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  •   Orioles Fire Cal Ripken Sr.

    By Richard Justice
    Washington Post Staff Writer
    Wednesday, April 13, 1988; Page A1


    BALTIMORE, APRIL 12 -- The Baltimore Orioles, off to their worst start in 33 years, fired Manager Cal Ripken Sr. this afternoon and named Hall of Famer Frank Robinson, one of the franchise's most popular and respected players, to the position.

    In a tense news conference at Memorial Stadium, Orioles General Manager Roland Hemond said he decided Monday to make a change in managers, and that after discussing the matter with owner Edward Bennett Williams, he offered the job to Robinson, who had been serving as a special front-office assistant. {Related stories on Page C1.}

    Hemond also announced he'd asked Ripken, who had a 68-101 record, to consider remaining with the organization's front office, a move probably designed, in part, to assuage the feelings of Ripken's two sons -- shortstop Cal Jr. and second baseman Bill.

    Robinson went quickly to work this afternoon, meeting with his coaching staff and players, then managing tonight as the Orioles lost, 6-1, to the Kansas City Royals to fall to 0-7 this season.

    In turning to Robinson, the Orioles became the fifth team in history to hire a black manager. Robinson has held three of those five jobs, and has managed 84 percent (917 games) of the 1,086 major league games managed by blacks.

    The Cleveland Indians made Robinson the game's first black manager in 1975, and he spent parts of three seasons with the Indians and parts of four more with the San Francisco Giants (1981-84). His career won-lost record is 450-466, but in both Cleveland and San Francisco, he took over awful teams and made them respectable.

    Major league baseball's only other black managers were Larry Doby, who managed the Chicago White Sox for 87 games in 1978, and Maury Wills, who managed the Seattle Mariners for 82 games in 1980 and 1981.

    Robinson, one of the team's biggest stars for six of their best seasons (1966-71), becomes the ninth manager in the Orioles' 35 years, but their fourth in the last four.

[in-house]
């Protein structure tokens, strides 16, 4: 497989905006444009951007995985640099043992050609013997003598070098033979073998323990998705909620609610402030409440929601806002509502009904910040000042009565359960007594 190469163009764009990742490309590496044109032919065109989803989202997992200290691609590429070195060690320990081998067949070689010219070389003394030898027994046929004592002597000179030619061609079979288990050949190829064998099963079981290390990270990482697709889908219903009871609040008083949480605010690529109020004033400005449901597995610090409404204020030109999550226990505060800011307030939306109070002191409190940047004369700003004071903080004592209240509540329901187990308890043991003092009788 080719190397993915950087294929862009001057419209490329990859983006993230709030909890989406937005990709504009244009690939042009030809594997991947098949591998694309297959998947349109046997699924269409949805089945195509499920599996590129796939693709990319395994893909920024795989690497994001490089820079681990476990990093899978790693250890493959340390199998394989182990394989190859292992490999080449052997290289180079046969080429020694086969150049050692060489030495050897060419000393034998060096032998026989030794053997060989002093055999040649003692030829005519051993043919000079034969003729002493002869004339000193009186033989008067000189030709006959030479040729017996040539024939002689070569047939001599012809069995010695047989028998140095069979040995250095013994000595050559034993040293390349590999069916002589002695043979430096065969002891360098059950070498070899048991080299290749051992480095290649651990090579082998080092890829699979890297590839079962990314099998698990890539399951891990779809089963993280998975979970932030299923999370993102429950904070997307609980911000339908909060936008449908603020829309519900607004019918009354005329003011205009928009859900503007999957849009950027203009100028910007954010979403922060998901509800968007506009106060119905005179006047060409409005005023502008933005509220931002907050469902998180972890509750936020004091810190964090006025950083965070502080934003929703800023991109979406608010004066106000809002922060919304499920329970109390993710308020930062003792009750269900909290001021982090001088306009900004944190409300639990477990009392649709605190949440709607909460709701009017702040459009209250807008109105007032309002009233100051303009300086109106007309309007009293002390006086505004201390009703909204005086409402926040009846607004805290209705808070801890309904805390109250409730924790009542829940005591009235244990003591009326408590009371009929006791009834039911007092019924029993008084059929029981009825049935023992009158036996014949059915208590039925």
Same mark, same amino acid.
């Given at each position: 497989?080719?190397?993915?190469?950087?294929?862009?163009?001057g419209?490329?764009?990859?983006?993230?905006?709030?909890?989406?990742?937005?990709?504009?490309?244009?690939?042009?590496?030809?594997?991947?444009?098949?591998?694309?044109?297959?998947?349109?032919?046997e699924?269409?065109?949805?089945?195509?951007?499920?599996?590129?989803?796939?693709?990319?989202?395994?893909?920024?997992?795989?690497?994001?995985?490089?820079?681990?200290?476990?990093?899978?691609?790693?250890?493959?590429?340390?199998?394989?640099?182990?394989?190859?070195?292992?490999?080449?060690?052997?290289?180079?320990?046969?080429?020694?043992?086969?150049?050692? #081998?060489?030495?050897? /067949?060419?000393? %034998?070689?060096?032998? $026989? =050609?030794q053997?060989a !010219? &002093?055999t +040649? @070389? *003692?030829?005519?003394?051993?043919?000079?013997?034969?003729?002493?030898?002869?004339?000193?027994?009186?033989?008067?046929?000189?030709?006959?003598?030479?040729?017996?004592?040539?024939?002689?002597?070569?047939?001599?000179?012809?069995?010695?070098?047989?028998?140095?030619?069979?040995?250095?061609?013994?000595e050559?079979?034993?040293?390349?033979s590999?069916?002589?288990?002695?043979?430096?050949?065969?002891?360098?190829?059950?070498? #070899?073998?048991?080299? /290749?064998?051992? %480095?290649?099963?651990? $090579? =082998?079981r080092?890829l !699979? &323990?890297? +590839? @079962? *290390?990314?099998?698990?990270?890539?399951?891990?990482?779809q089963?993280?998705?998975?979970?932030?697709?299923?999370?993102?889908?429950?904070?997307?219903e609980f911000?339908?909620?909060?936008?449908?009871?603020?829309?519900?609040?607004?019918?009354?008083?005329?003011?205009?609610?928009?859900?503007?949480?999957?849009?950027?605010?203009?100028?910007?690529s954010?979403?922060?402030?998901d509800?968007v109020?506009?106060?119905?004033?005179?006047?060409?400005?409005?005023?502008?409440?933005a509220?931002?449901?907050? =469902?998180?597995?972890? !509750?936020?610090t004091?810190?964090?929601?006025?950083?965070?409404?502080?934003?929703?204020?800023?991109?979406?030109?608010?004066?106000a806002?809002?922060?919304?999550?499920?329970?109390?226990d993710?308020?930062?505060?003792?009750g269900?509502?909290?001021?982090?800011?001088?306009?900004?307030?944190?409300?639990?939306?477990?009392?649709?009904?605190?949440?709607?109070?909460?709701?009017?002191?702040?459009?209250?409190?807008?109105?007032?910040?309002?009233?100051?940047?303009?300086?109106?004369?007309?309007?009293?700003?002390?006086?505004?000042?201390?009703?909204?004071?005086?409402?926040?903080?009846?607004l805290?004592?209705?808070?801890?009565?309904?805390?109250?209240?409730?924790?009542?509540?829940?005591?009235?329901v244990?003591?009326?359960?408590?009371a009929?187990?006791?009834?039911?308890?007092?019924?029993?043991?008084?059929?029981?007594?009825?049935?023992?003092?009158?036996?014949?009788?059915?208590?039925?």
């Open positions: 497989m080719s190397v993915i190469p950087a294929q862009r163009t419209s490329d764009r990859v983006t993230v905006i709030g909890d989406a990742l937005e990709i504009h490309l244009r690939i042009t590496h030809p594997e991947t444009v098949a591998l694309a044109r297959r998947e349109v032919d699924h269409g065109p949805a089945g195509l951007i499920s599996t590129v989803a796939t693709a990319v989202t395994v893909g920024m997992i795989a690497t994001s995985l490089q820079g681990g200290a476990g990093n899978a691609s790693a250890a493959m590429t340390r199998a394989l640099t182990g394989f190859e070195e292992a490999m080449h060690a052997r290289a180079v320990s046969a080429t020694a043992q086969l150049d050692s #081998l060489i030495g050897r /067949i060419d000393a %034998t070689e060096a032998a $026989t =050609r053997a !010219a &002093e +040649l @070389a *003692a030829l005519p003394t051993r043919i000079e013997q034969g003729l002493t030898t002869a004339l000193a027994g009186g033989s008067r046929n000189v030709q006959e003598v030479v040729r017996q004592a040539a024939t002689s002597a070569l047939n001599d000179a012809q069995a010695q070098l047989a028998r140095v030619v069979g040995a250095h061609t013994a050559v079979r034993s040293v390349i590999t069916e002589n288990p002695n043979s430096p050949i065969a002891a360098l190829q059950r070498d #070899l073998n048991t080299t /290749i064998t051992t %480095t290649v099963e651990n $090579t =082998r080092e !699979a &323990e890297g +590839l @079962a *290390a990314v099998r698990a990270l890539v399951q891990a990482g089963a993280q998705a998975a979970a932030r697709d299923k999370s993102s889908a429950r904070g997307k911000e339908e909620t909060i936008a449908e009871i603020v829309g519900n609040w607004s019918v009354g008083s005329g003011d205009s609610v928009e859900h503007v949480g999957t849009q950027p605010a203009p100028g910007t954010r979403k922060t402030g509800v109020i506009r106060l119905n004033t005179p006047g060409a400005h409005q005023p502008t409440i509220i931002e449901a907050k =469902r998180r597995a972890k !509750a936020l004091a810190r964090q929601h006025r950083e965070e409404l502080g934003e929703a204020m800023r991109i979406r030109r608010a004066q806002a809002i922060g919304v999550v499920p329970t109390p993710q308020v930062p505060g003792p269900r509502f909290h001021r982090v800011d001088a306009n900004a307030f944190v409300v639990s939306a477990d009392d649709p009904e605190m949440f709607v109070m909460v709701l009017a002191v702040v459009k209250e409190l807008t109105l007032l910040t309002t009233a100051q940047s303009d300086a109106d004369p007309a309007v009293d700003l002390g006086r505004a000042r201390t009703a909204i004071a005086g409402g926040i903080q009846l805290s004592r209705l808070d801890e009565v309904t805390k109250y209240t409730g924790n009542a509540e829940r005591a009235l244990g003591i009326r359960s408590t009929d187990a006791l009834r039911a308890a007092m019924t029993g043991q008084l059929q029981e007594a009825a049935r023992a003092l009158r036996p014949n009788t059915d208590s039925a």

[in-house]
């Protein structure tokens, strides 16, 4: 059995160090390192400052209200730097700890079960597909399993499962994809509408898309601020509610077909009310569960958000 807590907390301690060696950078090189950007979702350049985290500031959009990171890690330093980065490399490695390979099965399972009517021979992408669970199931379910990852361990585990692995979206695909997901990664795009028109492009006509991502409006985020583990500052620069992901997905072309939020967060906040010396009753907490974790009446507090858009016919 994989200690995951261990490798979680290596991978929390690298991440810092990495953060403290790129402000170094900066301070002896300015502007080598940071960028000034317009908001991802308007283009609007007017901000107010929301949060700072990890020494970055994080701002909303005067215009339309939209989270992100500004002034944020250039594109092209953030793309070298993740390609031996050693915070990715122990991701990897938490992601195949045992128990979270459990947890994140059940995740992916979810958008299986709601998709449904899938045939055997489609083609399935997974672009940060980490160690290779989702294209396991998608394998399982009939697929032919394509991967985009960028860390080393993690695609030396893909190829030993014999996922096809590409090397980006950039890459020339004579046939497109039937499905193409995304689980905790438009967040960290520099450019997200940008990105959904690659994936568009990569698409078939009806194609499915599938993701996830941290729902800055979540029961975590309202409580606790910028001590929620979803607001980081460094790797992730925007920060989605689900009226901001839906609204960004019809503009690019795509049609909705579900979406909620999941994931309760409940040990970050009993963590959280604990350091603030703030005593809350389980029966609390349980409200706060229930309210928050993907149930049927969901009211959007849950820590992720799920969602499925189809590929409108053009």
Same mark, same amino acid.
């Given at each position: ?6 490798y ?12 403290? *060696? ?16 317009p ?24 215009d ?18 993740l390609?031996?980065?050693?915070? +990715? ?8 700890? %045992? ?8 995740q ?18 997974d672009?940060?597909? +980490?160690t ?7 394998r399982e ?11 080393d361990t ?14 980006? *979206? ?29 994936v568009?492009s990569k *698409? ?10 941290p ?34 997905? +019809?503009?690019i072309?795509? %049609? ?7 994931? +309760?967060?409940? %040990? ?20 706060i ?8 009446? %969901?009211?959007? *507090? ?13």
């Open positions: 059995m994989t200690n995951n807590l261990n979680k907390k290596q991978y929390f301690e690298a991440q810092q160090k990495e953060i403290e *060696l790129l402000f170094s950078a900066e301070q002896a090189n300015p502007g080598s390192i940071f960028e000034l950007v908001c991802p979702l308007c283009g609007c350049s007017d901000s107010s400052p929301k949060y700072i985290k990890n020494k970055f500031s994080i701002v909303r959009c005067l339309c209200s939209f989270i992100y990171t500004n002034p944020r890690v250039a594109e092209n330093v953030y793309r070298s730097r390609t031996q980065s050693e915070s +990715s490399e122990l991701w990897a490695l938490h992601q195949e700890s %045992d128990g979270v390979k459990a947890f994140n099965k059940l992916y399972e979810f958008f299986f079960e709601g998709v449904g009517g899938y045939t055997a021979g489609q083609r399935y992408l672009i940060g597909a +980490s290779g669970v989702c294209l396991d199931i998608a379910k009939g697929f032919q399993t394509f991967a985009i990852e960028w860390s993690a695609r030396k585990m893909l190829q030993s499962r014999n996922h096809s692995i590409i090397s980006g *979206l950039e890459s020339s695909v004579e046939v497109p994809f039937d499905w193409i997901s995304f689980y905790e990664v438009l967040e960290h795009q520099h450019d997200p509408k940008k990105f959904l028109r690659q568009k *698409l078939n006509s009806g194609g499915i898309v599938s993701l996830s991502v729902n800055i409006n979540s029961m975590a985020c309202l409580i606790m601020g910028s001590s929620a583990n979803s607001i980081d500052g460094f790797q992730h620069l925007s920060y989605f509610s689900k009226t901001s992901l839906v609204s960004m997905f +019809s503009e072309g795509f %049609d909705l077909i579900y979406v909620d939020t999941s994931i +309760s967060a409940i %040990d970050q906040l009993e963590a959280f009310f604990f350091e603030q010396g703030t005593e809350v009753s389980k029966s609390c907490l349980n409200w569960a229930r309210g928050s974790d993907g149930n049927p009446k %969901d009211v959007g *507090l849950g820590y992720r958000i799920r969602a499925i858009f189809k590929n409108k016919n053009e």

In making the switch, the Orioles couldn't have found a more drastic change in style. Robinson owns a home in Beverly Hills, Calif., and has a taste for expensive clothes, flashy jewelry and nice restaurants. His ego is not a small one, and like other great players who have become managers, he admits to sometimes expecting more of players than they expect of themselves.

    But at 52, with a peppering of gray in his hair, he says he has mellowed. At the same time, he says he won't be afraid to confront people he believes have made mistakes.

    "I really have mixed emotions about this because it means a person I feel close to and have a lot of respect for had to lose his job," Robinson said.

    He also admitted to being excited about the chance to manage again, saying he took the job over the wishes of his family. "They think I'm crazy," he said. "They think the team might not do well and they don't know how it'll affect me."

    Of once more being the only black manager, he said, "I'm aware of the position, but going through life I've never put that kind of pressure on myself, being the first black this or that."

    He warned against people expecting him to wave a magic wand and turn the Orioles into a winning team, saying, "I don't profess to be any superman or anything like that. I do have ideas about the way things should be done, and I'm an aggressive-type manager. I think the players will be more fundamentally sound and execute the fundamentals better. If they don't, we'll be out there working on them. I'm going to meet with the players and let them know how I like to run a game. They've never been around me when I'm in charge, and that'll take some adjustment."